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Stronger Australia-New Zealand economic links, but no joint visa yet: joint document

WELLINGTON, May 9 (Xinhua) -- Economic links and alignment of regulations between New Zealand and Australia are set to strengthen but the two governments have put off a proposal for a single trans-Tasman visa for visitors to both countries, according to a joint document released Friday.

The two governments pledged to continue aligning procedures such as patent application and examination, but "few easy wins remained" in the bilateral economic linkages, New Zealand Finance Minister Bill English said in a statement on the joint document.

The joint document was a response to a report by their two nations' productivity commissions, published in 2012, which recommended a series of measures to build on the Closer Economic Relations agreement signed by the two countries in 1983.

Improving economic linkages requires a range of targeted actions, as well as looking at new and innovative areas for cooperation, said the statement from English.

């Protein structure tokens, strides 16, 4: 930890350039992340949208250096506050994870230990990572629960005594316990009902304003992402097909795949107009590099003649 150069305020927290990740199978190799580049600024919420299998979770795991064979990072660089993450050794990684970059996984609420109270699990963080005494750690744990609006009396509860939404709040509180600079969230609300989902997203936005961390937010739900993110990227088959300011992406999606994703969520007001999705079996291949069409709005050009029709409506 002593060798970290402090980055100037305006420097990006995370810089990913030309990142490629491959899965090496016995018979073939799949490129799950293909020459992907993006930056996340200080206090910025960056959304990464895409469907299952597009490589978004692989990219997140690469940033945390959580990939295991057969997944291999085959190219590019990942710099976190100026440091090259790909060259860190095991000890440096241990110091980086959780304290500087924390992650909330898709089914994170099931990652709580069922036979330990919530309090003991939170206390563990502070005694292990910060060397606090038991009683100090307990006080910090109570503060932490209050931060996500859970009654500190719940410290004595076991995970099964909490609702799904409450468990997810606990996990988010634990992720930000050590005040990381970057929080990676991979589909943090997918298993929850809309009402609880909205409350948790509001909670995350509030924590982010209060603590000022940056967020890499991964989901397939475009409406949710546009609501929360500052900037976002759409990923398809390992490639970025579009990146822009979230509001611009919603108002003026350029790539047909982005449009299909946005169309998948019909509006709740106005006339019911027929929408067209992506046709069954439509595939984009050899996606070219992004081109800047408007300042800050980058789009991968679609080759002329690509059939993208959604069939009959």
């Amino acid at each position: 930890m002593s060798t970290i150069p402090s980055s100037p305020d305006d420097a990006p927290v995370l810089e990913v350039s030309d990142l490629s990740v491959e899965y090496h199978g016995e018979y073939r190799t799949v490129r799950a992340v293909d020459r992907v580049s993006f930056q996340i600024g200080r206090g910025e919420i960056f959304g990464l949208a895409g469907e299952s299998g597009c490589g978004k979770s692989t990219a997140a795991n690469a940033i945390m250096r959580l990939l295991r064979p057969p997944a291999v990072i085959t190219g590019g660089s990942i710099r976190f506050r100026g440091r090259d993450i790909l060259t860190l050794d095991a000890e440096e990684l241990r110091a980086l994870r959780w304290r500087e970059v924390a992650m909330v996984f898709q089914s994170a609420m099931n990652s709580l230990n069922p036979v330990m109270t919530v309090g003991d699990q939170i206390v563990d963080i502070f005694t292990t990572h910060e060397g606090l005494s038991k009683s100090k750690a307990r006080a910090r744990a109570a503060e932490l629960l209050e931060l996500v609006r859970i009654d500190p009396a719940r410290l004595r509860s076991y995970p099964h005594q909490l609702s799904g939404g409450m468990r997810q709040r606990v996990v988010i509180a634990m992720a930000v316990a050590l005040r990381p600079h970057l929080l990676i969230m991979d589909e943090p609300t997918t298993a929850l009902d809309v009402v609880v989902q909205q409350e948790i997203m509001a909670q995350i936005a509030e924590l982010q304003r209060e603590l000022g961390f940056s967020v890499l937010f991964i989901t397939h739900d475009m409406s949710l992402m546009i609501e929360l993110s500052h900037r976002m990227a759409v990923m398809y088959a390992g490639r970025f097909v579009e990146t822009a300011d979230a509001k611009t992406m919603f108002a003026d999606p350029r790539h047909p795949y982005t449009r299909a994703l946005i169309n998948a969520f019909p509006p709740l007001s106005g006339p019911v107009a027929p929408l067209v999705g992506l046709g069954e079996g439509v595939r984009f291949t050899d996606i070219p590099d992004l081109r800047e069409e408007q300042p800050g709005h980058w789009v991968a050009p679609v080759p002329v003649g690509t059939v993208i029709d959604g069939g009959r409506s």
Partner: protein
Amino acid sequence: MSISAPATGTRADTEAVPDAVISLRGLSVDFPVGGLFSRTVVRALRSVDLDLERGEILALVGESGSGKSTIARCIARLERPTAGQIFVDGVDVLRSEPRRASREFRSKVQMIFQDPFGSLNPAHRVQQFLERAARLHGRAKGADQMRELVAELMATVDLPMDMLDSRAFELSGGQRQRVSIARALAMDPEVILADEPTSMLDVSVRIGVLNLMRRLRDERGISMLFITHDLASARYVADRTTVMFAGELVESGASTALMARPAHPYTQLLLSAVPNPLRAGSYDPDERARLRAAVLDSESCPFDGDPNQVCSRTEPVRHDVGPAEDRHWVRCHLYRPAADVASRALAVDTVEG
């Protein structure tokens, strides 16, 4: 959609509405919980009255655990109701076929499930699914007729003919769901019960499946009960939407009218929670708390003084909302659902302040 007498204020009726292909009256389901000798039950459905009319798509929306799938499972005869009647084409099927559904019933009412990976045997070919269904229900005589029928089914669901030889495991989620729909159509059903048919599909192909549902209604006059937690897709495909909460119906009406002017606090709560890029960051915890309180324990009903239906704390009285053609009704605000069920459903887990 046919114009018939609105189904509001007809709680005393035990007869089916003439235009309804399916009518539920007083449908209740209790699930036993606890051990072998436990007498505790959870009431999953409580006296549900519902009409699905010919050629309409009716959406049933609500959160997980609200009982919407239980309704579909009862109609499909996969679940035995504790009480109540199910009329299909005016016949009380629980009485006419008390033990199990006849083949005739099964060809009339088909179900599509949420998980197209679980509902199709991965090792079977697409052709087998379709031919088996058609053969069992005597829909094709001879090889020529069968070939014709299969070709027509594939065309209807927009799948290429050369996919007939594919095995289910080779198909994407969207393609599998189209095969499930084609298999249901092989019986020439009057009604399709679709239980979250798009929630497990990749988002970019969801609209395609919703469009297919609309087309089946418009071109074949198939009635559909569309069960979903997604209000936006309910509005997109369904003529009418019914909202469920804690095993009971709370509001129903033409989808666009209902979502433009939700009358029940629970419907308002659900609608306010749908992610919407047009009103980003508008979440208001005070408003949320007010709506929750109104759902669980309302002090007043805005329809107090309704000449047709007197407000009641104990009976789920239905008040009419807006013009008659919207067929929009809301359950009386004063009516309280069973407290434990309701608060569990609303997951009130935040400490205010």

"We have already made significant progress in a number of areas covered by the recommendations, including aligning trademark registration procedures and streamlining the process for resolving trans-Tasman civil proceedings, which is reducing costs and improving efficiency in enforcing judgments across the two countries," he said.

The ongoing work would boost productivity, increase competitiveness and deepen economic integration between Australia and New Zealand.

However, in response to a recommendation for a "trans-Tasman tourist visa" for citizens from elsewhere who wanted to travel to both countries, the joint document said this "would present a number of challenges, given significant visa systems and security differences."

Further work would be required to assess the visa waiver arrangements in both countries and whether the benefits of implementing a trans-Tasman visa would outweigh the costs.

However, the two prime ministers had agreed to allow international visitors attending the Cricket World Cup in 2015 to apply for a visa under Australian rules in order to enter both Australia and New Zealand.

Australian Prime Minister Tony Abbott and his New Zealand counterpart John Key had committed to review progress on the report's recommendations at the next leaders' meeting in 2015.

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